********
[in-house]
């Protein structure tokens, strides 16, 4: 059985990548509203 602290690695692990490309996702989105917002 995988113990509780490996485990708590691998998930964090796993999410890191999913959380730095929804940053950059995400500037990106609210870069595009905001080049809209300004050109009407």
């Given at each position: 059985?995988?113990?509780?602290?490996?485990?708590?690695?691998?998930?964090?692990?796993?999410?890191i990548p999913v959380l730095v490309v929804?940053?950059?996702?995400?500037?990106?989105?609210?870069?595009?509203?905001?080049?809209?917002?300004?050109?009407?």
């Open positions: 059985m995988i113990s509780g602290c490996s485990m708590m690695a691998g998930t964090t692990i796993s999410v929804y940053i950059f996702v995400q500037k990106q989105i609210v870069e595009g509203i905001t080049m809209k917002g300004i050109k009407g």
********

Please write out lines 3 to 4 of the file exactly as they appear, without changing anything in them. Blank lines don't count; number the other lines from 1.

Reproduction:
């Given at each position: 059985?995988?113990?509780?602290?490996?485990?708590?690695?691998?998930?964090?692990?796993?999410?890191i990548p999913v959380l730095v490309v929804?940053?950059?996702?995400?500037?990106?989105?609210?870069?595009?509203?905001?080049?809209?917002?300004?050109?009407?």
């Open positions: 059985m995988i113990s509780g602290c490996s485990m708590m690695a691998g998930t964090t692990i796993s999410v929804y940053i950059f996702v995400q500037k990106q989105i609210v870069e595009g509203i905001t080049m809209k917002g300004i050109k009407g």